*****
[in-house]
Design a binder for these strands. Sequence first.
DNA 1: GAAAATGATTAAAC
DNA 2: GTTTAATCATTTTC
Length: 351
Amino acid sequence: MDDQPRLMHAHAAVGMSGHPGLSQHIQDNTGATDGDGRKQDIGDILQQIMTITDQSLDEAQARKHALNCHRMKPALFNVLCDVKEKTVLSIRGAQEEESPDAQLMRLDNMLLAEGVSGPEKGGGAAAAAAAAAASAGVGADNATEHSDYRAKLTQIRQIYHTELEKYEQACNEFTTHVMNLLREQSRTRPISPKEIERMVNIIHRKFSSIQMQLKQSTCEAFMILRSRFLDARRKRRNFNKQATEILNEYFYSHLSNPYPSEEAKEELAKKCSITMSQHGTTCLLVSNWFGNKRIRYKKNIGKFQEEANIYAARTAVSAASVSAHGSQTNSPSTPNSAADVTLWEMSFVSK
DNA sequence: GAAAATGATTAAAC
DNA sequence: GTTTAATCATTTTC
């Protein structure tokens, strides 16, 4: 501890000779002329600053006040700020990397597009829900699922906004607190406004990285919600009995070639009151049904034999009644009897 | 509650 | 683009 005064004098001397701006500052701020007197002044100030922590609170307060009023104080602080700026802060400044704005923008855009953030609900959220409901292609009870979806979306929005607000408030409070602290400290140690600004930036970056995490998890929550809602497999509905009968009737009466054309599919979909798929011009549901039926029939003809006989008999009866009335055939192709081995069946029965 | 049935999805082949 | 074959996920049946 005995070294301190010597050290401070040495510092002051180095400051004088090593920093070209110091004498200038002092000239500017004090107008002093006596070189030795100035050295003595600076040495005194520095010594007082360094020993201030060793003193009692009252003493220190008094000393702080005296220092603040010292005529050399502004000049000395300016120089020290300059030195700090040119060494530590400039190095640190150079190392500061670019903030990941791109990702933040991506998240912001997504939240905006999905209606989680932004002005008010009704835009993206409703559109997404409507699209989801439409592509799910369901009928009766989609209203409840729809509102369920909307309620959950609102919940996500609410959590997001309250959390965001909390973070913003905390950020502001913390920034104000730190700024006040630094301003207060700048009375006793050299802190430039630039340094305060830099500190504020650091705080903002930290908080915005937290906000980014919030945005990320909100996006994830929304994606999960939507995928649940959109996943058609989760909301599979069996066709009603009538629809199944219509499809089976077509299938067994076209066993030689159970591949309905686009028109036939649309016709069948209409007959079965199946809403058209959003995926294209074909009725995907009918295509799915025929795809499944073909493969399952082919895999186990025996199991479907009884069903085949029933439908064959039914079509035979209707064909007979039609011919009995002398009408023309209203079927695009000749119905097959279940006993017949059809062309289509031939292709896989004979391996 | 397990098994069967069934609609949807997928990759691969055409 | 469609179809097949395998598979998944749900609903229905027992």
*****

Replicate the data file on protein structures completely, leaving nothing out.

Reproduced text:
[in-house]
Design a binder for these strands. Sequence first.
DNA 1: GAAAATGATTAAAC
DNA 2: GTTTAATCATTTTC
Length: 351
Amino acid sequence: MDDQPRLMHAHAAVGMSGHPGLSQHIQDNTGATDGDGRKQDIGDILQQIMTITDQSLDEAQARKHALNCHRMKPALFNVLCDVKEKTVLSIRGAQEEESPDAQLMRLDNMLLAEGVSGPEKGGGAAAAAAAAAASAGVGADNATEHSDYRAKLTQIRQIYHTELEKYEQACNEFTTHVMNLLREQSRTRPISPKEIERMVNIIHRKFSSIQMQLKQSTCEAFMILRSRFLDARRKRRNFNKQATEILNEYFYSHLSNPYPSEEAKEELAKKCSITMSQHGTTCLLVSNWFGNKRIRYKKNIGKFQEEANIYAARTAVSAASVSAHGSQTNSPSTPNSAADVTLWEMSFVSK
DNA sequence: GAAAATGATTAAAC
DNA sequence: GTTTAATCATTTTC
């Protein structure tokens, strides 16, 4: 501890000779002329600053006040700020990397597009829900699922906004607190406004990285919600009995070639009151049904034999009644009897 | 509650 | 683009 005064004098001397701006500052701020007197002044100030922590609170307060009023104080602080700026802060400044704005923008855009953030609900959220409901292609009870979806979306929005607000408030409070602290400290140690600004930036970056995490998890929550809602497999509905009968009737009466054309599919979909798929011009549901039926029939003809006989008999009866009335055939192709081995069946029965 | 049935999805082949 | 074959996920049946 005995070294301190010597050290401070040495510092002051180095400051004088090593920093070209110091004498200038002092000239500017004090107008002093006596070189030795100035050295003595600076040495005194520095010594007082360094020993201030060793003193009692009252003493220190008094000393702080005296220092603040010292005529050399502004000049000395300016120089020290300059030195700090040119060494530590400039190095640190150079190392500061670019903030990941791109990702933040991506998240912001997504939240905006999905209606989680932004002005008010009704835009993206409703559109997404409507699209989801439409592509799910369901009928009766989609209203409840729809509102369920909307309620959950609102919940996500609410959590997001309250959390965001909390973070913003905390950020502001913390920034104000730190700024006040630094301003207060700048009375006793050299802190430039630039340094305060830099500190504020650091705080903002930290908080915005937290906000980014919030945005990320909100996006994830929304994606999960939507995928649940959109996943058609989760909301599979069996066709009603009538629809199944219509499809089976077509299938067994076209066993030689159970591949309905686009028109036939649309016709069948209409007959079965199946809403058209959003995926294209074909009725995907009918295509799915025929795809499944073909493969399952082919895999186990025996199991479907009884069903085949029933439908064959039914079509035979209707064909007979039609011919009995002398009408023309209203079927695009000749119905097959279940006993017949059809062309289509031939292709896989004979391996 | 397990098994069967069934609609949807997928990759691969055409 | 469609179809097949395998598979998944749900609903229905027992």